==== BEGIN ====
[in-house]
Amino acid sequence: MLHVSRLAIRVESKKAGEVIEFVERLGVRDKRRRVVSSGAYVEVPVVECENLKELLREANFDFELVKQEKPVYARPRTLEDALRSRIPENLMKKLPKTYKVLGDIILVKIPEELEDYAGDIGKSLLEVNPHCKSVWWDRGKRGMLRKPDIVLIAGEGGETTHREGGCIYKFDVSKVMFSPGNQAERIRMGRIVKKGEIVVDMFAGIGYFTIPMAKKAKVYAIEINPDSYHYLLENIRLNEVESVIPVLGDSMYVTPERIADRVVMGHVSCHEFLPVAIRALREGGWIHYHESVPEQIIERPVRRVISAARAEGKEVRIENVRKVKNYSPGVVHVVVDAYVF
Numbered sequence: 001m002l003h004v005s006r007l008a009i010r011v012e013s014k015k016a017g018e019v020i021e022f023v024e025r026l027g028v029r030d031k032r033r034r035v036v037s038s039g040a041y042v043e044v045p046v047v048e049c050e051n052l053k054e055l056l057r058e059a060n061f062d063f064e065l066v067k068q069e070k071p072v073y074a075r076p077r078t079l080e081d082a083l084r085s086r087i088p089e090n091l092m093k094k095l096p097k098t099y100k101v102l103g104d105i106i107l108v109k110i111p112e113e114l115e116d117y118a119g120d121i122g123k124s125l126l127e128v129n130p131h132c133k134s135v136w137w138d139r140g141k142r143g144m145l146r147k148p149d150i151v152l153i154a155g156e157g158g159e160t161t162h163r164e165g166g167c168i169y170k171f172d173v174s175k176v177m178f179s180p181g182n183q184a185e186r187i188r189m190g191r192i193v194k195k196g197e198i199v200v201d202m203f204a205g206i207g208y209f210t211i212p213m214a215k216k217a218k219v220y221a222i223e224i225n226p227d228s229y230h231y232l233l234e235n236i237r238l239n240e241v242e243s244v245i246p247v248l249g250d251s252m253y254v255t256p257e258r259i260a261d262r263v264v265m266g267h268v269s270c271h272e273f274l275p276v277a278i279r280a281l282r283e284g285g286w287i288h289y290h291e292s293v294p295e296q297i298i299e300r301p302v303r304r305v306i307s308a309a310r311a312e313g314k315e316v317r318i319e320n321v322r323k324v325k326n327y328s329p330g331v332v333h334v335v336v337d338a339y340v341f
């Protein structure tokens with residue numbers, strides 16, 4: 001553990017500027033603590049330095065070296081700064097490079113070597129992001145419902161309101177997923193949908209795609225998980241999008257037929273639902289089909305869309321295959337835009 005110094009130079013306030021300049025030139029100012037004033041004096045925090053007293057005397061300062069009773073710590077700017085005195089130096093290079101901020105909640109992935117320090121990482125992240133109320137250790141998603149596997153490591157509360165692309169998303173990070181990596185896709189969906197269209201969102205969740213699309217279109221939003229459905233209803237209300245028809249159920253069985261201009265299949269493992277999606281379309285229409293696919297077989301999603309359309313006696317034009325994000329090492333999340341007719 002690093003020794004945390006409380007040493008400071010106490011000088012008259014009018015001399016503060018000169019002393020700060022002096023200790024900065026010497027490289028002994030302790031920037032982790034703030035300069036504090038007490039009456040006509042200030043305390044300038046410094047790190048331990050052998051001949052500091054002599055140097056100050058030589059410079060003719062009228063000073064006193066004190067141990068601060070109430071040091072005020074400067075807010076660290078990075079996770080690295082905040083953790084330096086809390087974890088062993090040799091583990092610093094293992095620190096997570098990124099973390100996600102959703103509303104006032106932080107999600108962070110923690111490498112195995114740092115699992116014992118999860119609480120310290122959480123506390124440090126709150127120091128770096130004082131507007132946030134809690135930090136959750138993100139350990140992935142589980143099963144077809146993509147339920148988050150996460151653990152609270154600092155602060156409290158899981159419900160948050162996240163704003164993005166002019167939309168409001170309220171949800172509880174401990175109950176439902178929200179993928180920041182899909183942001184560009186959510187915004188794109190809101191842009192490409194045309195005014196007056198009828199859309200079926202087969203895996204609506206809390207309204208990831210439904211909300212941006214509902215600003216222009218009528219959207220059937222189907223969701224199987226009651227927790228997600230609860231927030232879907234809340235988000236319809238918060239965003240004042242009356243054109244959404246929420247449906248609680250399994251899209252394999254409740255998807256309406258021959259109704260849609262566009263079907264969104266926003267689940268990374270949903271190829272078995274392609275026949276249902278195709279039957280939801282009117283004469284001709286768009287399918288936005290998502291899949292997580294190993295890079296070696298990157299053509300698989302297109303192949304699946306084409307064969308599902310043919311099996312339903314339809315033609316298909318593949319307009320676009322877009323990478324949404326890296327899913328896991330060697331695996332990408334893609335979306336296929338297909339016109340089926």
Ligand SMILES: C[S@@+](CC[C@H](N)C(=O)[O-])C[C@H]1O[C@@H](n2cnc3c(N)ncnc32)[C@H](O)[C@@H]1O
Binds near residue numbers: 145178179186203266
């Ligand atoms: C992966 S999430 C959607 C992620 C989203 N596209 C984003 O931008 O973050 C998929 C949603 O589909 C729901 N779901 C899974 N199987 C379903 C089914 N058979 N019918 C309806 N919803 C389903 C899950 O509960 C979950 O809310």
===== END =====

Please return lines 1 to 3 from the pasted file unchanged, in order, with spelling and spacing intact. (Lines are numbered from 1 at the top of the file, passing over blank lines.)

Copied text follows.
[in-house]
Amino acid sequence: MLHVSRLAIRVESKKAGEVIEFVERLGVRDKRRRVVSSGAYVEVPVVECENLKELLREANFDFELVKQEKPVYARPRTLEDALRSRIPENLMKKLPKTYKVLGDIILVKIPEELEDYAGDIGKSLLEVNPHCKSVWWDRGKRGMLRKPDIVLIAGEGGETTHREGGCIYKFDVSKVMFSPGNQAERIRMGRIVKKGEIVVDMFAGIGYFTIPMAKKAKVYAIEINPDSYHYLLENIRLNEVESVIPVLGDSMYVTPERIADRVVMGHVSCHEFLPVAIRALREGGWIHYHESVPEQIIERPVRRVISAARAEGKEVRIENVRKVKNYSPGVVHVVVDAYVF
Numbered sequence: 001m002l003h004v005s006r007l008a009i010r011v012e013s014k015k016a017g018e019v020i021e022f023v024e025r026l027g028v029r030d031k032r033r034r035v036v037s038s039g040a041y042v043e044v045p046v047v048e049c050e051n052l053k054e055l056l057r058e059a060n061f062d063f064e065l066v067k068q069e070k071p072v073y074a075r076p077r078t079l080e081d082a083l084r085s086r087i088p089e090n091l092m093k094k095l096p097k098t099y100k101v102l103g104d105i106i107l108v109k110i111p112e113e114l115e116d117y118a119g120d121i122g123k124s125l126l127e128v129n130p131h132c133k134s135v136w137w138d139r140g141k142r143g144m145l146r147k148p149d150i151v152l153i154a155g156e157g158g159e160t161t162h163r164e165g166g167c168i169y170k171f172d173v174s175k176v177m178f179s180p181g182n183q184a185e186r187i188r189m190g191r192i193v194k195k196g197e198i199v200v201d202m203f204a205g206i207g208y209f210t211i212p213m214a215k216k217a218k219v220y221a222i223e224i225n226p227d228s229y230h231y232l233l234e235n236i237r238l239n240e241v242e243s244v245i246p247v248l249g250d251s252m253y254v255t256p257e258r259i260a261d262r263v264v265m266g267h268v269s270c271h272e273f274l275p276v277a278i279r280a281l282r283e284g285g286w287i288h289y290h291e292s293v294p295e296q297i298i299e300r301p302v303r304r305v306i307s308a309a310r311a312e313g314k315e316v317r318i319e320n321v322r323k324v325k326n327y328s329p330g331v332v333h334v335v336v337d338a339y340v341f